In Glasgow, where we have set up many affordable food projects, we have now set them up particularly in areas where there are lot of pensioners. People have really been supported by this. One said to us: “It’s been a godsend, really, because all the prices are going up—electricity, the cost of food and the lot.”

When I was a kid, my parents both did meals on wheels, and I used to go round with them once a week and deliver meals to people’s houses. It was kind of a joy; my parents really enjoyed it. When I chaired the London Food Board, I spent a lot of time seeing what we could do to bring meals on wheels back. The reality is that no councils have any money for this anymore. As always happens when it is about food, it is a budget that gets cut, or the costs go up and it becomes not many people, so it gets struck off the list of things that you could do. One thing we could do would be to start looking at a service like that.

As the noble Baroness, Lady Sherlock, pointed out about energy, you have to pay a lot to be poor in this country. It is certainly true of food. If I go to a shop, I can buy a large size of washing powder or rice or whatever it happens to be. If you are scraping along on very little money, you pay a great deal more. We did a survey in Greenwich which pointed out that your average shop would cost you 30% to 40% more in your corner store than if you had been able to go to your local Aldi. You pay a price to be poor. That is really terrible, and it is why I support the amendment in the name of the noble Baroness, Lady Sherlock.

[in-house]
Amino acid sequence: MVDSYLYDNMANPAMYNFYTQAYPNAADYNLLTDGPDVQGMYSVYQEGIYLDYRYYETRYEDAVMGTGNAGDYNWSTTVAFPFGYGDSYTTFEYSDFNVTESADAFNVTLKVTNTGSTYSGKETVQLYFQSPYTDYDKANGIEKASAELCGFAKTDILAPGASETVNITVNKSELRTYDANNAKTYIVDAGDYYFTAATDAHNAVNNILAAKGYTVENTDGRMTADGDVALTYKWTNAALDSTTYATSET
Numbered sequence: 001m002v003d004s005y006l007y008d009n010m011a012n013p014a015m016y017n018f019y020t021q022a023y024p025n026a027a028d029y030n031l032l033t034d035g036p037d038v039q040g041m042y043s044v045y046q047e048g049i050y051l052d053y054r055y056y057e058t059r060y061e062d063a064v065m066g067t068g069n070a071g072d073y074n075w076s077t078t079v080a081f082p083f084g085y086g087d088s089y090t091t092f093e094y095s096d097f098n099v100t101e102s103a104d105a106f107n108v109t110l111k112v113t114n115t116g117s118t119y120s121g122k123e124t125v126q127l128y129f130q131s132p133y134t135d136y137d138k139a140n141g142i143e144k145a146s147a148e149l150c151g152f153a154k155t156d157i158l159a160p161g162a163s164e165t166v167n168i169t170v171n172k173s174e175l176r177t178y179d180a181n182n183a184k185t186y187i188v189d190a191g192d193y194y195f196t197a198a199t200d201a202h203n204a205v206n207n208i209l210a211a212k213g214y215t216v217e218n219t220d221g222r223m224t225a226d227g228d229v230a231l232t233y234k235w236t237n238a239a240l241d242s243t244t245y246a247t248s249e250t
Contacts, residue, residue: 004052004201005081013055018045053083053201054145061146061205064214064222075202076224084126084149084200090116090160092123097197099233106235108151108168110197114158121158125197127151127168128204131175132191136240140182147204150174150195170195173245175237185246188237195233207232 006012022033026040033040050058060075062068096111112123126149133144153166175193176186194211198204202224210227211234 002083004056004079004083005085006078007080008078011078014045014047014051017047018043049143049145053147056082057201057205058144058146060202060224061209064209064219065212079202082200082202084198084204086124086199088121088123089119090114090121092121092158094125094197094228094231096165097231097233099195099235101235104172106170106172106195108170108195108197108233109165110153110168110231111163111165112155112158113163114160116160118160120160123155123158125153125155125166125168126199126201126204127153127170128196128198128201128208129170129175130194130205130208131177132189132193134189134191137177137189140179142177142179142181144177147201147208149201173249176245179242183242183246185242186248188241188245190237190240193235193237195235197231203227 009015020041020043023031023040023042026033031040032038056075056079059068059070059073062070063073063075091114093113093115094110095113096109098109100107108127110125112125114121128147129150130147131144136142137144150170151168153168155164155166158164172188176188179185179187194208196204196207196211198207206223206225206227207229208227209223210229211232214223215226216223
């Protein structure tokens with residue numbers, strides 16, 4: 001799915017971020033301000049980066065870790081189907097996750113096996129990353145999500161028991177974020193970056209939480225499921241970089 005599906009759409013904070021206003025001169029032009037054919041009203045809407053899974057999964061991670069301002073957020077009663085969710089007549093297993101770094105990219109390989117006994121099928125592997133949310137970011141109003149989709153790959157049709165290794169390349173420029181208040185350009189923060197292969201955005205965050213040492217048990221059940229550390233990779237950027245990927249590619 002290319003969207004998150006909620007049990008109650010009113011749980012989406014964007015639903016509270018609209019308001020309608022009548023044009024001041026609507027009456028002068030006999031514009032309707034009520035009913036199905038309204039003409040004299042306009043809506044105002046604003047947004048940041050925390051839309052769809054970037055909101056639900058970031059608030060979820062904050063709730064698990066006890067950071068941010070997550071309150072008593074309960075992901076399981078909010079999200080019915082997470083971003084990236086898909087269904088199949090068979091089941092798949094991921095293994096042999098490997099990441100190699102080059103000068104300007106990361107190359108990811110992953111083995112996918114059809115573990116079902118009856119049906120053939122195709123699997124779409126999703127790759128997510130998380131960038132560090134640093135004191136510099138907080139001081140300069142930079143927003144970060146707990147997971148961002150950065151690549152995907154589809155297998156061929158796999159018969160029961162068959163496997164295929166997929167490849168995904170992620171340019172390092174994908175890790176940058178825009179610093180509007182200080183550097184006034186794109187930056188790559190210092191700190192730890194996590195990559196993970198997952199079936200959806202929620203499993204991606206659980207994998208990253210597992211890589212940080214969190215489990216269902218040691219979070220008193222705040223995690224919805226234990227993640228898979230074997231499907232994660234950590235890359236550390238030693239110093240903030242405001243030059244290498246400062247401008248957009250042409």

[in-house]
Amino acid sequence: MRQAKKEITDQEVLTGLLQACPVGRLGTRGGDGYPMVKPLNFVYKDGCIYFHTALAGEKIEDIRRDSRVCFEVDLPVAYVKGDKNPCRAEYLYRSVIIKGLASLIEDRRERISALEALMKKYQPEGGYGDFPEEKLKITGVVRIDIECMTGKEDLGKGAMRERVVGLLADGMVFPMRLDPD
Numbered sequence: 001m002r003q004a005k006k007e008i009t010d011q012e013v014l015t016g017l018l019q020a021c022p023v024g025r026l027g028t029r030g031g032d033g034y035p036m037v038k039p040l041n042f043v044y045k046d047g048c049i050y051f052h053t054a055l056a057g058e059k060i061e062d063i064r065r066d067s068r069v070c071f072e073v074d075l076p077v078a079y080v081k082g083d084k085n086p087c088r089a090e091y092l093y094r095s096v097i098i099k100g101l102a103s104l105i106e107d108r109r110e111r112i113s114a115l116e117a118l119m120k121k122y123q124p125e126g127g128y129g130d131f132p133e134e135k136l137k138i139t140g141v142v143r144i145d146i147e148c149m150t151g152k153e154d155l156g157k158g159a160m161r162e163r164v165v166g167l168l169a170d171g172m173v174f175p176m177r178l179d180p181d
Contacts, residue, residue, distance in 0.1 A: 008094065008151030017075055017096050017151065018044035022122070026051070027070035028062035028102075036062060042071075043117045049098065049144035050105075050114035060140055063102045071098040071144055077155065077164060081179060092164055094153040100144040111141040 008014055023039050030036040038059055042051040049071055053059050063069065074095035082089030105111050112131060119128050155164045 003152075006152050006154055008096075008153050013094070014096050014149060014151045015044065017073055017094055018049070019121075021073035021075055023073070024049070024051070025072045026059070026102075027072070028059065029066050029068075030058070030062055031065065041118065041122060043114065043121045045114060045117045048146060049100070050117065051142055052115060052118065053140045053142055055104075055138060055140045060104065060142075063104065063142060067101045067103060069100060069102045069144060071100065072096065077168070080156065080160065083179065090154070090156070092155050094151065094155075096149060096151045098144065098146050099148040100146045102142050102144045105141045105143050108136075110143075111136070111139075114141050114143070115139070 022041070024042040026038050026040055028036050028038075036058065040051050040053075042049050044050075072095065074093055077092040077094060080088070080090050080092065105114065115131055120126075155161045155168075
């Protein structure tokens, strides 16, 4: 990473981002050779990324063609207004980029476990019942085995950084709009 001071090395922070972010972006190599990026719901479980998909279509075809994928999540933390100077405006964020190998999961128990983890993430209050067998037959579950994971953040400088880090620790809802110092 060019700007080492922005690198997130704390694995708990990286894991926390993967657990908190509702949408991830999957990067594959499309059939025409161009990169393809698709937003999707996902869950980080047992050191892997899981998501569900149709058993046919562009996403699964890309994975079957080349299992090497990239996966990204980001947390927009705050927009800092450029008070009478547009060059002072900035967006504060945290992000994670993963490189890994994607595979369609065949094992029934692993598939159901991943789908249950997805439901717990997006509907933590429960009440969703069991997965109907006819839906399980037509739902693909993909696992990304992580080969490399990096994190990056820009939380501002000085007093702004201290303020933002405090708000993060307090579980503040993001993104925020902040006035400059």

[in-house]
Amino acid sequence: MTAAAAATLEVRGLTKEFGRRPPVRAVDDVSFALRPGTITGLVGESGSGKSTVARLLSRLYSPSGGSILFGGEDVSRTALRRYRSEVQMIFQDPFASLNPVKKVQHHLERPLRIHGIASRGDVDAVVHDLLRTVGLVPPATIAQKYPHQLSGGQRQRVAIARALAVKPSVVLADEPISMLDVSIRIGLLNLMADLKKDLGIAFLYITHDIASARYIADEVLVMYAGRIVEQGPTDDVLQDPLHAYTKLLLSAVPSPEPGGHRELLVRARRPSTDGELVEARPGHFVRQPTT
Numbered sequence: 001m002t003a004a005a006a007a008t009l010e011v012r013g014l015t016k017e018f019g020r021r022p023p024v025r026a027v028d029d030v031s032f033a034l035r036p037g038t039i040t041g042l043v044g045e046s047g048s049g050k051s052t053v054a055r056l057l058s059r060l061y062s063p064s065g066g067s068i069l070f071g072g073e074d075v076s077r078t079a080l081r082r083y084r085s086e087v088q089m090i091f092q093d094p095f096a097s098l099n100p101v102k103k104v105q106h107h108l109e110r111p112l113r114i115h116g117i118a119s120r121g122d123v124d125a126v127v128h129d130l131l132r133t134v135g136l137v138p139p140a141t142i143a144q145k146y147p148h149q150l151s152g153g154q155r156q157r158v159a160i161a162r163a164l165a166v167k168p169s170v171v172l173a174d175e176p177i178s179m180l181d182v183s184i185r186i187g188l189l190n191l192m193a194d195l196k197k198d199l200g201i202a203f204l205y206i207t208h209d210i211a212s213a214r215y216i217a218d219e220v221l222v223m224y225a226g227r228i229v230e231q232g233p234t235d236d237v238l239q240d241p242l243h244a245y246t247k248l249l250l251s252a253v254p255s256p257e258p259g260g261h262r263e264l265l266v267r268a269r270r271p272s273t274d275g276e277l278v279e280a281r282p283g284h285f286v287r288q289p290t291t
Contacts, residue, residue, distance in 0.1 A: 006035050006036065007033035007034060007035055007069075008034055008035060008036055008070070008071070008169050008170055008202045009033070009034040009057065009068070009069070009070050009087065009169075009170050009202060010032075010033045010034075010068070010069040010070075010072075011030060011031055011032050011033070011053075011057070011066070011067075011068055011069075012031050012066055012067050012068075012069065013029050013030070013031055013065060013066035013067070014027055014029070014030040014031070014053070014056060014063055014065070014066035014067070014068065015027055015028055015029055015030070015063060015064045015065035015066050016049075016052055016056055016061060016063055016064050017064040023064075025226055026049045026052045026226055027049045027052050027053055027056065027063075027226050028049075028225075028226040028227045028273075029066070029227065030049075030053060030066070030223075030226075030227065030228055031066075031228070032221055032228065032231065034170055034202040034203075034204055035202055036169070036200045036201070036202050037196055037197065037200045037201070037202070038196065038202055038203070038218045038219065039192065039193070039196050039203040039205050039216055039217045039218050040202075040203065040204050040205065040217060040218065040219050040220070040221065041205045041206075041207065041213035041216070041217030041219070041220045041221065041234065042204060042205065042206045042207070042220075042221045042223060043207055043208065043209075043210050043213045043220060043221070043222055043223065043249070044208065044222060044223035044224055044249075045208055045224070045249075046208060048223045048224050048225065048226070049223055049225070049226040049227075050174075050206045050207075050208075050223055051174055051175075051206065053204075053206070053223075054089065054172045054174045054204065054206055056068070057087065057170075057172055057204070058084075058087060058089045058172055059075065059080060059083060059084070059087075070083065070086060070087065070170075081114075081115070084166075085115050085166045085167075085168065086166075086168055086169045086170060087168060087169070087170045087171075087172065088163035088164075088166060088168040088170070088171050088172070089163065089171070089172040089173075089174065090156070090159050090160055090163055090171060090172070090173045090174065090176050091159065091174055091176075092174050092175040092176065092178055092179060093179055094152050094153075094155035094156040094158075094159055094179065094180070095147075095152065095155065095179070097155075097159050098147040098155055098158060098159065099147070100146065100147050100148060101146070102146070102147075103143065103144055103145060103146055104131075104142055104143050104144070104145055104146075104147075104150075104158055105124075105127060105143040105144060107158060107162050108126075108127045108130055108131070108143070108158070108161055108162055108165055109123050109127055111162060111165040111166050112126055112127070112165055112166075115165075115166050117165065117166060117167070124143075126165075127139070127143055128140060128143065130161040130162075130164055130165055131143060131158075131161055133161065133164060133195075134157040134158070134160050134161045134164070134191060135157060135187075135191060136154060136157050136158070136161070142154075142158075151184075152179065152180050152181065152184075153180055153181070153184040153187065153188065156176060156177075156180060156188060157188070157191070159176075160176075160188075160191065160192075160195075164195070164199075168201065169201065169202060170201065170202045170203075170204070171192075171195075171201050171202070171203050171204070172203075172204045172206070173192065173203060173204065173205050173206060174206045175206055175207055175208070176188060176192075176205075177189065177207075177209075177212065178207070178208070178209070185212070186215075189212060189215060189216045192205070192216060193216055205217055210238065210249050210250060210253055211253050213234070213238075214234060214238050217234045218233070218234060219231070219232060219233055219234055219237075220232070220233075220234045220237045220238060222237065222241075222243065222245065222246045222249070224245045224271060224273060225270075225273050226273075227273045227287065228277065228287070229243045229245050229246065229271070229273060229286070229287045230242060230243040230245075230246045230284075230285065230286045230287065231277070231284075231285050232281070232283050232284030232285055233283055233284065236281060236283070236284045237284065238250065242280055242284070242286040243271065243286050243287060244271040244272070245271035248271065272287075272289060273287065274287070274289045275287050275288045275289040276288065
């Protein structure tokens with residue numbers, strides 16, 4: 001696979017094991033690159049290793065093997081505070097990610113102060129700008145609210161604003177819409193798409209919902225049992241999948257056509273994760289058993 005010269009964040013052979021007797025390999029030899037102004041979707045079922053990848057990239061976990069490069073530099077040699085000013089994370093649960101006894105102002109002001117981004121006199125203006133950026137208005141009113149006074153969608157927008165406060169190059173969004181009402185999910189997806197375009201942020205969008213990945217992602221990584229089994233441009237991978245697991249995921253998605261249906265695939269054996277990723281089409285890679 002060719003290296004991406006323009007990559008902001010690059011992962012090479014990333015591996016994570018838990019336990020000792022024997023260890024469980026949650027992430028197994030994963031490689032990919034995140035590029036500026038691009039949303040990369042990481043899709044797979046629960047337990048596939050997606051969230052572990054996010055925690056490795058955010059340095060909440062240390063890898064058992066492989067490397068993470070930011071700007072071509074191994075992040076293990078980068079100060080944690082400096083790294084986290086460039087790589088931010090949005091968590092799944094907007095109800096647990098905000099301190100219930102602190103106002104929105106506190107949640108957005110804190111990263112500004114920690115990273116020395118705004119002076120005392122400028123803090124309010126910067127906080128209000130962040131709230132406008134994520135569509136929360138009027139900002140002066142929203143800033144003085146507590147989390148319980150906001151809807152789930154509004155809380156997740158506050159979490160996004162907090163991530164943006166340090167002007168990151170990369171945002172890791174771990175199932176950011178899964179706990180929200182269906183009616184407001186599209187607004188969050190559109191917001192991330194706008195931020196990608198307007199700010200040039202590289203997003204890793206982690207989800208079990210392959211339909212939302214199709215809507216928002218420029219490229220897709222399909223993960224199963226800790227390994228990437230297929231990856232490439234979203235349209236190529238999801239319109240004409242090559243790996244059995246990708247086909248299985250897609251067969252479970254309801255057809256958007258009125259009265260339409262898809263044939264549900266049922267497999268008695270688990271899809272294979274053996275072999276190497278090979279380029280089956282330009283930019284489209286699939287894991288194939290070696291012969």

Photo of Baroness Lister of Burtersett Baroness Lister of Burtersett Labour

My Lords, these amendments raise important issues about the impact of the Bill on poverty. I simply want to raise a point about the measure of poverty that should be used.

At Second Reading, in her response to the debate the Minister referred to a fall in pensioner poverty since 2009-10 as measured by the so-called absolute poverty measure, and she did so again earlier this evening. In fact, it is not a measure of absolute poverty as such but is better described as an anchored measure which measures any change by adjusting the 2010-11 poverty line for inflation. In contrast, the House of Commons Library briefing, using the relative poverty measure, recorded an increase in pensioner poverty from an historic low of 13% in 2011-12 to 18% in 2019-20, as my noble friend Lady Sherlock said. With reference to Amendment 8, single female poverty is higher than the overall figure—a point already made.